Customers have endless choices that are personalized across channels, offered on interconnected platforms, and can be accessed anywhere, any time from their smart phones. The stakes are high as companies compete for attention and share.
The credit card industry in Canada is no exception. It is mature, fragmented and highly competitive. Customers are savvier and more sophisticated than ever – they do their research to confirm the best value which translates to high expectations and low levels of loyalty. Some even go as far as to “game” the system, having a portfolio of cards for specific rewards and uses. Cyclical renewals establish the idea of switching and exploring new cards as effortless and valuable. With multiple cards in customer wallets, credit card companies are in constant battle for top of wallet share.
Providers must deliver differentiated value propositions and build emotional connections that transcend typical product lifecycles. This value is delivered to customers through strategically designing and actively managing the customer experience. There is a strong business case for doing so. Customer centric businesses are 60 percent more profitable than their peers, and those that offer brands with superior customer experiences drive more than five times the revenue for the business.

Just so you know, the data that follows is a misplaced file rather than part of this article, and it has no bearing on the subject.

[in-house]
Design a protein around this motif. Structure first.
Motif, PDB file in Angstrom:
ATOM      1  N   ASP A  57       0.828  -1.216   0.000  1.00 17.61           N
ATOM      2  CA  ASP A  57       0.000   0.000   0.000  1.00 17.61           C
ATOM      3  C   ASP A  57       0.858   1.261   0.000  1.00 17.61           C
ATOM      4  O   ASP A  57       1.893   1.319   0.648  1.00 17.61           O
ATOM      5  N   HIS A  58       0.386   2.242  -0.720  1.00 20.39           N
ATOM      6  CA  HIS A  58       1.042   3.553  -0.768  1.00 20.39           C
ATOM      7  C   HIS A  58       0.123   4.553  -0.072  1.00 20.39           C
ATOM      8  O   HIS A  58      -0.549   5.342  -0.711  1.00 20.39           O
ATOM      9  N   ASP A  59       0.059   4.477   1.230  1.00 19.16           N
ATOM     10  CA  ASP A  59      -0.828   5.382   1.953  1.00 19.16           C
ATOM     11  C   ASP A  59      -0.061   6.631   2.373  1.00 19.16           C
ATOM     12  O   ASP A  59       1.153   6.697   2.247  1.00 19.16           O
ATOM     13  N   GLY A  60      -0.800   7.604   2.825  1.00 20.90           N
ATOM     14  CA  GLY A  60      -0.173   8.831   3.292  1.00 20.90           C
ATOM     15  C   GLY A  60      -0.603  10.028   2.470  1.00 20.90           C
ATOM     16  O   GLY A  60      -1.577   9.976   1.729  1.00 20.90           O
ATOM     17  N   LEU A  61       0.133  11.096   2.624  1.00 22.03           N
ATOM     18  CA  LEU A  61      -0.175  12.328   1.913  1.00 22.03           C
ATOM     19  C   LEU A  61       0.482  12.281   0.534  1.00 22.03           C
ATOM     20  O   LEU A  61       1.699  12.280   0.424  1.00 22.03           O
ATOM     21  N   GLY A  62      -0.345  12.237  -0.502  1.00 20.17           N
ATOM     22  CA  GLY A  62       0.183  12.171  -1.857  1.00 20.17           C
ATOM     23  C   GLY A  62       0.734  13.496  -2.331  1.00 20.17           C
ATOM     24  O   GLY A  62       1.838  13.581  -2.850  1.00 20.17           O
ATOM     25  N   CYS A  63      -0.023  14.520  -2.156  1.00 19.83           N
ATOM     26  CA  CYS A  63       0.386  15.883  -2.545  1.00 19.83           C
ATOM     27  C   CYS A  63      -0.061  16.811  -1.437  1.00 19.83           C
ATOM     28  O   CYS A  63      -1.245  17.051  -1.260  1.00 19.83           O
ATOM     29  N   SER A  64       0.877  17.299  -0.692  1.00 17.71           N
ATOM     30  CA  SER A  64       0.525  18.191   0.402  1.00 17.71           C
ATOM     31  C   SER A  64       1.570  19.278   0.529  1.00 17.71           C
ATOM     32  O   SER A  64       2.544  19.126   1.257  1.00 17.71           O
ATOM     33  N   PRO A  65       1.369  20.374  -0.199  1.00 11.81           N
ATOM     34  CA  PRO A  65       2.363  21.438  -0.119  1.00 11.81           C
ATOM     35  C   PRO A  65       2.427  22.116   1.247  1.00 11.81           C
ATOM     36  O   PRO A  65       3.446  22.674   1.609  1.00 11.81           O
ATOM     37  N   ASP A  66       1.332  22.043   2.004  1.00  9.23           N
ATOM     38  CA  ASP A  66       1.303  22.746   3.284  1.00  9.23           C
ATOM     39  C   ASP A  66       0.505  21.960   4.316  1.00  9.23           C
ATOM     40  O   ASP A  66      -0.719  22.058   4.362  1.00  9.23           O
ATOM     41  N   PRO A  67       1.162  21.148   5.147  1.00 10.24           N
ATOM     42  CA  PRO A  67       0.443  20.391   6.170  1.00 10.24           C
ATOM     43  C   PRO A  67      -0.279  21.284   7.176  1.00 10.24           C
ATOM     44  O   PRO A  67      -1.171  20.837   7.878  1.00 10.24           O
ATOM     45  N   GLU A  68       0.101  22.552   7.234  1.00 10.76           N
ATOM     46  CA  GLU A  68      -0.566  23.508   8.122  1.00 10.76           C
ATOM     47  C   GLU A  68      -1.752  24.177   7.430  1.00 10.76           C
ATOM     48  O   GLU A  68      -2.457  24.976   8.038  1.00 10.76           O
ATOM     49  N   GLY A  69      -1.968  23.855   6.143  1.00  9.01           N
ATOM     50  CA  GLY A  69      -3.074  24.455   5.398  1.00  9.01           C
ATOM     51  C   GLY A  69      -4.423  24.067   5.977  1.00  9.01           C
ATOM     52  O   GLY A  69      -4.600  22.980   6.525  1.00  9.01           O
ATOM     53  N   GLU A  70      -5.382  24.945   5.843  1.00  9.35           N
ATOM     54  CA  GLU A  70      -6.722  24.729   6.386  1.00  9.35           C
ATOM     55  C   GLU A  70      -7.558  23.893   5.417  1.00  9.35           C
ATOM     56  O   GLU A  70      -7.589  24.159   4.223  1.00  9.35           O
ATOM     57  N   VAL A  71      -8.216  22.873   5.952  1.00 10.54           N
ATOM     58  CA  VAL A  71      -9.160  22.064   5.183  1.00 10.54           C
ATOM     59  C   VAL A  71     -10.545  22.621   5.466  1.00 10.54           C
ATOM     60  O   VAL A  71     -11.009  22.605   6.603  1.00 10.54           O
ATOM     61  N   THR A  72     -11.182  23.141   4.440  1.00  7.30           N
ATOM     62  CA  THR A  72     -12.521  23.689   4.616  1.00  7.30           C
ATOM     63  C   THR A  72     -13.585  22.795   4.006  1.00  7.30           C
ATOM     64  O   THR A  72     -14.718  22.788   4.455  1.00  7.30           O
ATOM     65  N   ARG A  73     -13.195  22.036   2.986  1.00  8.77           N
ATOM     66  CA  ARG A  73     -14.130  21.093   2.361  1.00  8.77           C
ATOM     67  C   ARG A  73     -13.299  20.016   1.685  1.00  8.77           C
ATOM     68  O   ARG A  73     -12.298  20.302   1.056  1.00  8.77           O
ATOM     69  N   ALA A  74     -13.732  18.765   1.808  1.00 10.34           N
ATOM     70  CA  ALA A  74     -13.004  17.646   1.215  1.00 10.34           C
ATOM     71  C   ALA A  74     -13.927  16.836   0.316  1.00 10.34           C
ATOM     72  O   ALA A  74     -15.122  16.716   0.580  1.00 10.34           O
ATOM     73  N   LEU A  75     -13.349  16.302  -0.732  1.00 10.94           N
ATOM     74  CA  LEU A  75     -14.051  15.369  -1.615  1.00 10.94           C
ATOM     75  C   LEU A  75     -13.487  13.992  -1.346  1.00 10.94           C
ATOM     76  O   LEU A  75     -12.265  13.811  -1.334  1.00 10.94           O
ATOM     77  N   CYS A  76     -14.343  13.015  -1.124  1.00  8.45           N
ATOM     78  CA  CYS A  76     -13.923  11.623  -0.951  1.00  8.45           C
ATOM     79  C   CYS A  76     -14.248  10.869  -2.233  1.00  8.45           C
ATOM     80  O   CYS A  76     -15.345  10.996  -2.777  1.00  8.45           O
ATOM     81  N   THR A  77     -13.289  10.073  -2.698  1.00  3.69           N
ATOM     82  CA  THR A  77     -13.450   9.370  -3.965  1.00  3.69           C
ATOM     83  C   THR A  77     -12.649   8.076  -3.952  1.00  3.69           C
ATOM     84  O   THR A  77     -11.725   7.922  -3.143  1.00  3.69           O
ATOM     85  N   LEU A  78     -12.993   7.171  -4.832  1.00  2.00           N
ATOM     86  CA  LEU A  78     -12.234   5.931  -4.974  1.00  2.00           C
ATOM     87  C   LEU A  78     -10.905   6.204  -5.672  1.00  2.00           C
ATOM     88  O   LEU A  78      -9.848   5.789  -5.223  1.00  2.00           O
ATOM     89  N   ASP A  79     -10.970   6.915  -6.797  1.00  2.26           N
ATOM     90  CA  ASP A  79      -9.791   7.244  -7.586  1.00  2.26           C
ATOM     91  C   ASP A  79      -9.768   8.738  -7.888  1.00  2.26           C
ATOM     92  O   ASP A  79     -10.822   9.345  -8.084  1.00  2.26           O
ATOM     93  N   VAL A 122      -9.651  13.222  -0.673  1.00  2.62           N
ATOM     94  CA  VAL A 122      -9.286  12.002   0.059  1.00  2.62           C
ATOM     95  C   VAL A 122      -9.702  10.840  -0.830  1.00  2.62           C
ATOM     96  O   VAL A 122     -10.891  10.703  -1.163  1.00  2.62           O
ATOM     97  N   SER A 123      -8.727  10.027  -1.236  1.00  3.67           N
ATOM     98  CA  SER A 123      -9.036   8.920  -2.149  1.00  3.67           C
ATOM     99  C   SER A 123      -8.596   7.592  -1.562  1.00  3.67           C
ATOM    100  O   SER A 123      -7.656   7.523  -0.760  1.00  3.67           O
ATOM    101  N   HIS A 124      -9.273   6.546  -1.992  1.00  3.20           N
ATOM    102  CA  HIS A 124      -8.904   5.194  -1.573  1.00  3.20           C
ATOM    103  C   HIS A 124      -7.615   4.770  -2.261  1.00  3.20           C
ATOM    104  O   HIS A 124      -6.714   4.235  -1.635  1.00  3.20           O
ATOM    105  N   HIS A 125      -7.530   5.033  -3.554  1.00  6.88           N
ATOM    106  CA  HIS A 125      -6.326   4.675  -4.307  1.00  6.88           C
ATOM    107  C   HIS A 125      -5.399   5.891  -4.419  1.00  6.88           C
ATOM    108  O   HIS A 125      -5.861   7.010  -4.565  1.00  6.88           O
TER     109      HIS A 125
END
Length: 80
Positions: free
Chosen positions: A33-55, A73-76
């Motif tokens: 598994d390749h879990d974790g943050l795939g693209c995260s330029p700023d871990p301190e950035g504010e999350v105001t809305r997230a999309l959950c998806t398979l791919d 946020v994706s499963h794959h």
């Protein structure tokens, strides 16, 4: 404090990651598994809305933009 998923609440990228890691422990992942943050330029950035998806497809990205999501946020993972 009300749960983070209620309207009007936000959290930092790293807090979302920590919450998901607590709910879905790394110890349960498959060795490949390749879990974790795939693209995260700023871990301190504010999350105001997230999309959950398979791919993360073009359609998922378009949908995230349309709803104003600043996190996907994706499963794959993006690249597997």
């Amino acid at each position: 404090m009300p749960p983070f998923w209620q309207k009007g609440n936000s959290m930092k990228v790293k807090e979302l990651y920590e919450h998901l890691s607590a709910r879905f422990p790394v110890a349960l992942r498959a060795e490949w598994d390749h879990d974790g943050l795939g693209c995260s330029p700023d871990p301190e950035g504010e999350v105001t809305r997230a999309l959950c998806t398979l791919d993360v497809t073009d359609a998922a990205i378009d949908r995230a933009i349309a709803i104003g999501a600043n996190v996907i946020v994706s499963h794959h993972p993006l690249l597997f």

Key CX Trends for Canadian Credit Cards
The key CX trends amongst leading Canadian credit card providers are unsurprising, but they appeal to customers from emotional and rational perspectives.
Simplification: The rise of digital and proliferation of mobile applications means customers expect straightforward processes, integrated experiences, and quick service at their fingertips. Customers need simplicity and expect to do all activities in one place, meaning limited tolerance for additional steps or confusion. As such, leading credit card providers are focusing on offering interconnected services on their platforms, that fulfil a variety of needs such as making transfers, redeeming credit card rewards, reaching investment accounts, and checking mortgages all in one place. For example, neo banking is on the rise, with players like EQ Bank, Canada’s first digital-first bank, offering a small, simple, and straightforward portfolio of products.
Personalization: Customers, especially younger demographics, expect personalized insights about their spending behaviours and customizable rewards and promotions. To build loyalty and trust in these segments, companies must offer tailored and integrated experiences that consider customer needs and interests, across channels. Leading credit card providers are personalizing customer experiences through fee specific structures, partnering with companies to deliver rewards (i.e. travel, cash back, coffee) and offering chosen benefits. Leveraging insights and personalizing the experience makes customers feel their bank or card knows and understands them, allowing the bank to demonstrate value.